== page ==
et al. (2003). Wang et al. (2003) found that perceived usefulness has a significant positive
effect on behavioral intention for IS. Based on these findings, the following hypothesis is
proposed:

H1: Perceived usefulness is significantly related to usage intentions


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Perceived Ease of Use (PEOU)

The second construct of the model is perceived ease of use (McKechnie et al., 2006).
Perceived ease of use refers to how clear and understandable interaction with the system is,
ease of getting the system to do what is required, mental effort required to interact with the
system, and ease of use of the system (Ndubisi et al., 2003). Previous studies have
documented the importance of perceived ease of use in explaining IS usage intentions
(Amin, Baba, & Muhammad, 2007; McKechnie et al., 2006; Ramayah & Suki, 2006;
Guriting & Ndubisi, 2006). Further, Amin et al. (2007) found that there is a significant
relationship between perceived ease of use and mobile banking usage intentions by
Malaysians. On the Internet banking acceptance study, Guriting and Ndubisi (2006) and
Ramayah, Jantan, Noor and Ling (2003) found that perceived ease of use has proven to have
significant impact on intention to use Internet banking in the Malaysian banking
environment. The significant impact between perceived ease of use and usage intentions is
also found in Kleijnen et al. (2004) and Wang et al. (2003) in Netherlands and Taiwan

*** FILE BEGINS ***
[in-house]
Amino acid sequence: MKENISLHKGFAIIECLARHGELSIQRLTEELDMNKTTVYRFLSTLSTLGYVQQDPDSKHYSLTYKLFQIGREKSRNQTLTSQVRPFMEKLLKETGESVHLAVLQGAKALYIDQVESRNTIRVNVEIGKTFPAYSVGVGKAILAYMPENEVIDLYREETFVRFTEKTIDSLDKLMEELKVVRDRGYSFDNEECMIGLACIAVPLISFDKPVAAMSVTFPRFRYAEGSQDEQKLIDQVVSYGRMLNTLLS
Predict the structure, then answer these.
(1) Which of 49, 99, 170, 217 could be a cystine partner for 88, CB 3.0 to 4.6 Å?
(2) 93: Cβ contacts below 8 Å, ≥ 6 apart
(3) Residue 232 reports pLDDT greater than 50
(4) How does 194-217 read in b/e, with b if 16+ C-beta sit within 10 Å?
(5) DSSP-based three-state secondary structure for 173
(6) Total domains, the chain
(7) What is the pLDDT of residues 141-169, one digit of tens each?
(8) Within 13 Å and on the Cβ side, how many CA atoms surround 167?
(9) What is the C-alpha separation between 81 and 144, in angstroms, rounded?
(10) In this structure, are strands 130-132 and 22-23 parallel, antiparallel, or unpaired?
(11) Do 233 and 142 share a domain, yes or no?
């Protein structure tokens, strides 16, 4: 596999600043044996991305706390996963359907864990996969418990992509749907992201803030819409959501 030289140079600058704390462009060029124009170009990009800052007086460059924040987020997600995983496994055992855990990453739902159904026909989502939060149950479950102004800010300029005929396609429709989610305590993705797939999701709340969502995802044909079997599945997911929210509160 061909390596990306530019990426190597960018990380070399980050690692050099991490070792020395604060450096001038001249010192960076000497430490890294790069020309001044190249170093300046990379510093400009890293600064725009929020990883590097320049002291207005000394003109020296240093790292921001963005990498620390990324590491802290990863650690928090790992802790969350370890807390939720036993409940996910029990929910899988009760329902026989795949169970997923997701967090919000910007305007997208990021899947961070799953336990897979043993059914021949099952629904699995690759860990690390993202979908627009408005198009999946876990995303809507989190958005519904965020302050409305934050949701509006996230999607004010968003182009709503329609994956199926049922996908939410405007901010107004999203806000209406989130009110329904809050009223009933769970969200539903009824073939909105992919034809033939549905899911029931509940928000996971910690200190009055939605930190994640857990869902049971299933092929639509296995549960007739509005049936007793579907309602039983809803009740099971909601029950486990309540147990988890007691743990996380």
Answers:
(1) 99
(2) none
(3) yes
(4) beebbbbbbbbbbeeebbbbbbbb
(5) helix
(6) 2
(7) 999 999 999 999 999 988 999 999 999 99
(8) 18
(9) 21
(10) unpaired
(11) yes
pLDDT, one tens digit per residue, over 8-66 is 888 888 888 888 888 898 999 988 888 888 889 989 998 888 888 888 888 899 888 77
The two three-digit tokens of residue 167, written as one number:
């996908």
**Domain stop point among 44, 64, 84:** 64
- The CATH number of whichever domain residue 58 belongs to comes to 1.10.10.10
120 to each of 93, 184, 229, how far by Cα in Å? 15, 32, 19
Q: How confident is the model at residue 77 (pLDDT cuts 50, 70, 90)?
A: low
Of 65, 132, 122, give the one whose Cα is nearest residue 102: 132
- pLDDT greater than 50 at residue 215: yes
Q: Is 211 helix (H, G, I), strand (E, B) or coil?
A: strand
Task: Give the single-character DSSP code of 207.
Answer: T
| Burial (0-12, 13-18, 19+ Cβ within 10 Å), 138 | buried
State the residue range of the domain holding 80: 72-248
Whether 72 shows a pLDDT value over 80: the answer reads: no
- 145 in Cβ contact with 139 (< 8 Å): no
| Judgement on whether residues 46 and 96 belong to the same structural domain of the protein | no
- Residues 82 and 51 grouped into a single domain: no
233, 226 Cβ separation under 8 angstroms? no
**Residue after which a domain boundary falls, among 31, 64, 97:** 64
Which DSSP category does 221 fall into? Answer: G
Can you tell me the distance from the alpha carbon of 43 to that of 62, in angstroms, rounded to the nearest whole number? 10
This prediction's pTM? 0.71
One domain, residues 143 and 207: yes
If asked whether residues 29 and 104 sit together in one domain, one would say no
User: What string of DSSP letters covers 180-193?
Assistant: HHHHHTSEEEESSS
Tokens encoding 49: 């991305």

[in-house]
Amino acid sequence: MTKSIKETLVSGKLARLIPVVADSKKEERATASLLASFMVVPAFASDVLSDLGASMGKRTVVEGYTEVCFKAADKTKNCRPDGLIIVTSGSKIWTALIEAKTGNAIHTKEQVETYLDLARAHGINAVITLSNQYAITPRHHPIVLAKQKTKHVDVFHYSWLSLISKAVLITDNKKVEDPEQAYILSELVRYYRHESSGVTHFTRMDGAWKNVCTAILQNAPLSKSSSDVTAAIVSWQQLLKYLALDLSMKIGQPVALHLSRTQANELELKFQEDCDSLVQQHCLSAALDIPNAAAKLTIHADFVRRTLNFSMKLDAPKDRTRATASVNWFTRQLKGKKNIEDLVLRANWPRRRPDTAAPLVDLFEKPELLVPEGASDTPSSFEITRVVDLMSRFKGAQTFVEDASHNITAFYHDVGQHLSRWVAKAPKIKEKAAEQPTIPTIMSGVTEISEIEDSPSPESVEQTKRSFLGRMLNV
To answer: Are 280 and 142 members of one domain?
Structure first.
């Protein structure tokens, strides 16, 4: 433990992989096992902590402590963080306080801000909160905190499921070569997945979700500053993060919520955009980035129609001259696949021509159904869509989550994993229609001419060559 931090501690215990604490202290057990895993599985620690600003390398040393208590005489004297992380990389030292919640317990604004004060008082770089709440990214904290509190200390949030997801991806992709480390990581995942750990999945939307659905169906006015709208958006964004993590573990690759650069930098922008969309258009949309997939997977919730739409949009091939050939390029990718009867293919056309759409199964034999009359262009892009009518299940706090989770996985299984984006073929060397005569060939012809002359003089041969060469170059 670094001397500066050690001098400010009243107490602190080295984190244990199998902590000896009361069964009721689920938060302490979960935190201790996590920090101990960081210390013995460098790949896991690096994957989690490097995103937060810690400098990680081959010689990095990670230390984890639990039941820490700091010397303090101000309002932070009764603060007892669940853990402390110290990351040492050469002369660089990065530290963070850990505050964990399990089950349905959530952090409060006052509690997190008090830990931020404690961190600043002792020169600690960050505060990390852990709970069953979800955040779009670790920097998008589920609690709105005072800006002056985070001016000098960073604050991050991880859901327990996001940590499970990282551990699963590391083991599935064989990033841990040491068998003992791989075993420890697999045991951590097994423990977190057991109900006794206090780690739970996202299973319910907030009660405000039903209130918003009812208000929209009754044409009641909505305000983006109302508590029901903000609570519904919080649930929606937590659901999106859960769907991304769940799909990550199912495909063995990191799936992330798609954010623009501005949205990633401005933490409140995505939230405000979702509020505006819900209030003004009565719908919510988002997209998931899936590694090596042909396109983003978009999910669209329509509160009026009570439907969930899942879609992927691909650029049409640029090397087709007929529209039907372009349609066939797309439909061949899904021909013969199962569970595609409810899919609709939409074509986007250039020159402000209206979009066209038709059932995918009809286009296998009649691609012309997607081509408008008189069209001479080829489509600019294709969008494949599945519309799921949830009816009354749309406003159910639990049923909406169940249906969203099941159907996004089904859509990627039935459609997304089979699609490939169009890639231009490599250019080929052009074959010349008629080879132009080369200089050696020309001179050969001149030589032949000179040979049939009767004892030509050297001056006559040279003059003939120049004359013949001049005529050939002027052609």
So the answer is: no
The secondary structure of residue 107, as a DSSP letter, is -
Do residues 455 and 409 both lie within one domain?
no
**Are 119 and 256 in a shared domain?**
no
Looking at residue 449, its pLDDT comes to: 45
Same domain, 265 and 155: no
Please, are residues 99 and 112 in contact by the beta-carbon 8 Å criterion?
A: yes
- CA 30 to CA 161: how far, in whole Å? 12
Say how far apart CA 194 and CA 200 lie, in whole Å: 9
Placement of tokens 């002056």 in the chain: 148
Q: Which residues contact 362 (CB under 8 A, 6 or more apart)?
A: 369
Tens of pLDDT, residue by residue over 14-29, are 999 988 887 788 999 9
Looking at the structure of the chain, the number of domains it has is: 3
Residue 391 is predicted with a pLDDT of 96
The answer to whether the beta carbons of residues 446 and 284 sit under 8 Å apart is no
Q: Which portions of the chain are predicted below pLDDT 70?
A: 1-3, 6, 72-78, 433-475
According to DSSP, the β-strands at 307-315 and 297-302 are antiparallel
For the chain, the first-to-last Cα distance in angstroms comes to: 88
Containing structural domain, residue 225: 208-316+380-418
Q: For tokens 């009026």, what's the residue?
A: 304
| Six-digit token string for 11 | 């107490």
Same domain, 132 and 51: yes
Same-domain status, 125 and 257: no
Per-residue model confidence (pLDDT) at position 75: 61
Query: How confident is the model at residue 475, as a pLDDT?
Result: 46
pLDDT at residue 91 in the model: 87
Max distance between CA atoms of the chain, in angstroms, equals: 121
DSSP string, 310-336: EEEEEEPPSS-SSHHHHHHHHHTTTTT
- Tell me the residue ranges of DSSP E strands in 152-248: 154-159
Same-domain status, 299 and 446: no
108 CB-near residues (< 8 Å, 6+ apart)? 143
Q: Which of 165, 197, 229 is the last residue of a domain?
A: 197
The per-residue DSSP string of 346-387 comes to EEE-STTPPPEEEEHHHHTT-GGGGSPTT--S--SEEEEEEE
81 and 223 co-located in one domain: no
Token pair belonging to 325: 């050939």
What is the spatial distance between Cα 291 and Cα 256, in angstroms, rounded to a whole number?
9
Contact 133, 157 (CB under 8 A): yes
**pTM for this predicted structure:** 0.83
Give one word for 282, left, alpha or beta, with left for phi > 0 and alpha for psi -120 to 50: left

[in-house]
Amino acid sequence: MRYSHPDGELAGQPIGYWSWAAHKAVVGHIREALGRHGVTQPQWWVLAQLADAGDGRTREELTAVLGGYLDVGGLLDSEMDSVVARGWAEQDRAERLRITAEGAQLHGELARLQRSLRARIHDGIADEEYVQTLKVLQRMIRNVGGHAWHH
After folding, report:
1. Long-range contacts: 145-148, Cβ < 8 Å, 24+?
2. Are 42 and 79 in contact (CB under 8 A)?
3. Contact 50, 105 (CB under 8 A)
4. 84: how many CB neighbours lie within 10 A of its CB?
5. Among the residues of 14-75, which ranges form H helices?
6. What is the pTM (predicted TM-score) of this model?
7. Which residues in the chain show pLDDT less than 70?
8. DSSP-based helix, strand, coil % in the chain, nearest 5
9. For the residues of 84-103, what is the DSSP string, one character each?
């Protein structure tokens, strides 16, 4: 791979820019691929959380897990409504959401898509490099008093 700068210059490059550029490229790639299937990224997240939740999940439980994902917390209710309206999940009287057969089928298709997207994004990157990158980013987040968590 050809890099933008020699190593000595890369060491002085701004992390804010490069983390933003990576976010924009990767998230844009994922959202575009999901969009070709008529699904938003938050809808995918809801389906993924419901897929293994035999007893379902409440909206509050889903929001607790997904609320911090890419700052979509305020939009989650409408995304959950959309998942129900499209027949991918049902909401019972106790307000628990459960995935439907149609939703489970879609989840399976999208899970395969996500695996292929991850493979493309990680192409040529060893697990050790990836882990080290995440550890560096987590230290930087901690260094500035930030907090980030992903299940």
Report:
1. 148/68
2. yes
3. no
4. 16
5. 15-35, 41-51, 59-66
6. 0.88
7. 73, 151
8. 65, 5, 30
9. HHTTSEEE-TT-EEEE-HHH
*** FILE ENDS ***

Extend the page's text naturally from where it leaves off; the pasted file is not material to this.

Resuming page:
respectively.
These results corroborate with the findings by Ramayah et al. (2003), Ramayah, Dahlan,
Mohamad and Ling (2002), Adams, Nelson and Todd (1992), and Davis et al. (1989), to
name a few. Based on these studies, the researchers believe that perceived ease of use is also
important in explaining the SERQS usage intentions among students. In line with this, we
propose the following hypotheses:

H2: Perceived ease of use is significantly related to usage intentions


H3: Perceived ease of use is significantly related to perceived usefulness

Perceived Enjoyment (PE)

By definition, Davis, Bagozzi and Warshaw (1992) defined “perceived enjoyment” as an


activity, where using a computer is perceived to be enjoyable. A number of studies on
“perceived enjoyment” (Nysveen et al., 2005; Pikkarainen et al., 2004; Teo, Lim, & Lai,
1999; Igbaria, Livari, & Maragahh, 1995; Davis et al., 1992) highlighted the importance of
“perceived enjoyment”. Nysveen et al. (2005) and Teo et al. (1999) found that perceived
enjoyment significantly affects intentions to use an electronic system. As an example,
Nysveen et al. (2005) found that perceived enjoyment correlates positively with intention to
use mobile chat, which is a stronger determinant for female users in comparison to the male
users. Teo et al. (1999) noted that perceived enjoyment correlates positively with the
frequency of internet usage, and believed that the internet usage offered fun, pleasant and
excitement to the users. On the contrary, Pikkarainen et al. (2004) found that perceived
enjoyment is merely a statistically significant variable. The argument is that perceived
enjoyment does not statistically and significantly affect the use of Internet banking.
Moreover, Igbaria et al. (1995) also found that perceived enjoyment does not significantly
affect the acceptance of data processing systems. On this basis, we propose the following
hypotheses:
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H4: Perceived enjoyment is significantly related to usage intentions


H5: Perceived enjoyment is significantly related to perceived ease of
use

Perceived System Quality (PSQ)

A reliable system quality is important within the context of SERQS. The failure to provide a